2. Build a solid technical background: Sometimes music lovers argue about this critical point. Technique is the tool which gives shape to improvisation . It is true that improvisation is an inborn quality of mind and soul, but it is also true that if you do not have the technical ability to express what comes to your mind you will not be able to improvise and your idea will remain just as it is. Always remember that if you train someone dexterity and improvisation together, the two might reinforce each other; but you can't perform something you can hardly visualize and you just can't turn to something what you can barely imagine.

3. Learn how to use the right improvisation tools: Major, minor, blues and pentatonic scales should become your daily bread, as well as arpeggios and patterns. Remember that any musical passage can be traced back to a fragment of these elements. They are the bricks you will use to build your 'music stories'.

4. Set a progression: By progression I mean not to expose all of the ideas and things you bear in mind instantaneously, but to take them out slowly. building speech starting from simple elements and adding others along the time. To be a little more specific..I'll show you some techniques to create this progression:

- Start with phrases of few notes and increase the intensity with the advancement of the solo.

- Use the low end of the instrument in the beginning and move to the higher notes afterwards; the higher notes generate more tension.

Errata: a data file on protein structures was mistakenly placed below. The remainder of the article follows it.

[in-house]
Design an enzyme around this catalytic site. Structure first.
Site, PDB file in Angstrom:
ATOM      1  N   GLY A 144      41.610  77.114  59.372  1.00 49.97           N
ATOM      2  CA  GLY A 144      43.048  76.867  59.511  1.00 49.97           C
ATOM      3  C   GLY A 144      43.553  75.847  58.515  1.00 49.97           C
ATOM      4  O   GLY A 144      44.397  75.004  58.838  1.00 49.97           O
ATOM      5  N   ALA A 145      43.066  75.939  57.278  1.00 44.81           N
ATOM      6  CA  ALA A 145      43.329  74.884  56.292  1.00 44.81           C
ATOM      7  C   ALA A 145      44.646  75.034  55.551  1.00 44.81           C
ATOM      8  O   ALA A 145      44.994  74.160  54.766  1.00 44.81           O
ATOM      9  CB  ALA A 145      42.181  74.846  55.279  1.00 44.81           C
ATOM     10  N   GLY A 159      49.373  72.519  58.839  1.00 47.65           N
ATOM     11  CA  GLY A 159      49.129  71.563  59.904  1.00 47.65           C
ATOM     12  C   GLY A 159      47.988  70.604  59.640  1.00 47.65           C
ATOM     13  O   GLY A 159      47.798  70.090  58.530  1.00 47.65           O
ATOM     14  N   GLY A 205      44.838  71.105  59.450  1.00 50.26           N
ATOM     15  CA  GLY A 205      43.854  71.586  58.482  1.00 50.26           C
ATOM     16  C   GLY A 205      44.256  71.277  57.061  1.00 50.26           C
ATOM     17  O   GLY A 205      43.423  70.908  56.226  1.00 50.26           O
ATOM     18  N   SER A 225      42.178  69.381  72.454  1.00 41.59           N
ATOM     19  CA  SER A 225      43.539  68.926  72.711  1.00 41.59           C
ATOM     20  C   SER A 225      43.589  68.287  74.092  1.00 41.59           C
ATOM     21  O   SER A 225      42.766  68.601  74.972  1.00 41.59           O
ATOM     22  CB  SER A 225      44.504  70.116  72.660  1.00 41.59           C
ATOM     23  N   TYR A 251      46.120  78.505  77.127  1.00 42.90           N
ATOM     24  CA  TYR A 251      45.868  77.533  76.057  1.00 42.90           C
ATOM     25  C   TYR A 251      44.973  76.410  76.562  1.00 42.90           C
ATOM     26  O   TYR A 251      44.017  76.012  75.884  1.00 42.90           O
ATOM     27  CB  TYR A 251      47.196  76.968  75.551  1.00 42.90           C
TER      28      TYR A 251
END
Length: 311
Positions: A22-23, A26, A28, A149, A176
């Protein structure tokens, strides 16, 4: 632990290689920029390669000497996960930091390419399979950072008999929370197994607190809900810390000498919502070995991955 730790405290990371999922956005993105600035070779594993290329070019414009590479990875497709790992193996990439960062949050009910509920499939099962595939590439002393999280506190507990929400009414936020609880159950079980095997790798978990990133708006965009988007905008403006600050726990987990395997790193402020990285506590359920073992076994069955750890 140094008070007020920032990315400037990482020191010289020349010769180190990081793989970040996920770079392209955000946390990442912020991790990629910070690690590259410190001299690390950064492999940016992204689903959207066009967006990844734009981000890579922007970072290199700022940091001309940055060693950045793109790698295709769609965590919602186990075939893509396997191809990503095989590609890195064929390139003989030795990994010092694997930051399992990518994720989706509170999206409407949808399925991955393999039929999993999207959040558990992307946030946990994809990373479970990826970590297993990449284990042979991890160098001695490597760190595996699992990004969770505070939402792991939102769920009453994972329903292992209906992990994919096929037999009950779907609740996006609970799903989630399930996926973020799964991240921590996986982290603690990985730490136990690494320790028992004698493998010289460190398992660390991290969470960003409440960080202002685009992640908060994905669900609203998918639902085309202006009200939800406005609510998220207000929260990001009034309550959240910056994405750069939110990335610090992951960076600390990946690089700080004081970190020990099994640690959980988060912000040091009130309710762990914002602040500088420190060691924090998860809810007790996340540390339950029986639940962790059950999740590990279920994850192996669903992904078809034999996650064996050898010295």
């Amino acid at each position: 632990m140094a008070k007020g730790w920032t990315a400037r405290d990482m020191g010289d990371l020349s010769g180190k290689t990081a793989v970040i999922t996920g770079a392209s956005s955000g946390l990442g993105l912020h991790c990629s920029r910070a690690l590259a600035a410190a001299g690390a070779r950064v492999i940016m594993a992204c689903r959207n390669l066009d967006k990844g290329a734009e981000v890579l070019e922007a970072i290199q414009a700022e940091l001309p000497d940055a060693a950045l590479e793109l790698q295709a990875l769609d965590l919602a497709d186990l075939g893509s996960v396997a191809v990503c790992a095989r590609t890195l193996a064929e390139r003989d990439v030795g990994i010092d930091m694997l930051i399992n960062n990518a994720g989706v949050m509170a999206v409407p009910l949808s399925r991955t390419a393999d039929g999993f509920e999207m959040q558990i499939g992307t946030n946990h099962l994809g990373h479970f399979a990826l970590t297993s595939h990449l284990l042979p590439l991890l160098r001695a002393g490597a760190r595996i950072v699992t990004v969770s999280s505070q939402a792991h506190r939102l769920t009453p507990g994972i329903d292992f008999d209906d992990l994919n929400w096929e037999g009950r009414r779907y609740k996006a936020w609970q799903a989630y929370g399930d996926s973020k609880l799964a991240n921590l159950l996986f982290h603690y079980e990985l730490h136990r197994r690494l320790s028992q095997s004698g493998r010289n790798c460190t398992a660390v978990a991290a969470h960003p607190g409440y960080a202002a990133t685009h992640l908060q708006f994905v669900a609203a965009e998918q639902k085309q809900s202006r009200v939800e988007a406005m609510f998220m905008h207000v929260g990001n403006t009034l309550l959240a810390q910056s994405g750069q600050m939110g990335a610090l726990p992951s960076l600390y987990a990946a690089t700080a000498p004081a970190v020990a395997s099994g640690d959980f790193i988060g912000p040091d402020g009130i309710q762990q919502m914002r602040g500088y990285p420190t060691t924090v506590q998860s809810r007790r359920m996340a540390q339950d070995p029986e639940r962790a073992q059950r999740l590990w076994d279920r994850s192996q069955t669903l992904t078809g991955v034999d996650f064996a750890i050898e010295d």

- Incorporate dynamics to convey emotions: remember that dynamics work directly on the sensations which music transmits to the listeners.

5. Use pauses: Pause is a music in itself and putting a pause between phrases means giving time to the listener to really get what you just said with the notes. The pause is a very effective element. Train yourself to insert pauses between two musical phrase and also within a single melodic line.

6. Practice playing what you think: Think of a sequence of two notes and execute them on the harmonica immediately after one another. Then try three notes, then four and then with more complex sentences. You have to be able to hum a melodic line and play it on the instrument on the fly.

7. Designing a global vision of the solo. Think where you want to start from and where you want to move in terms of note height, dynamics and phrasing. Imagine reproducing a monologue, or a dialogue between two or more people and then try to make people understand: who is 'talking' at that moment?

8. Listen to other musicians and engage a 'battle', play alternatively, lets say, every four bars, every eight or every two. This kind of dialogue makes jam sessions magical.

9. Learn to improvise using the best tool you possess, any time anywhere: the mind. Hum in the head or with the voice, if you do it often you will become more skilled and adept at playing harmonica in lesser time.

10. Don't overdo it! To improvise, you don't need to shoot notes like a machine gun, all that matters is that you can say something. Do not take risk to become like those petulant 'ladies' who never stop talking (there are also men like that).

Read also the article about harmonica and accompaniment.

Improvisation on harmonica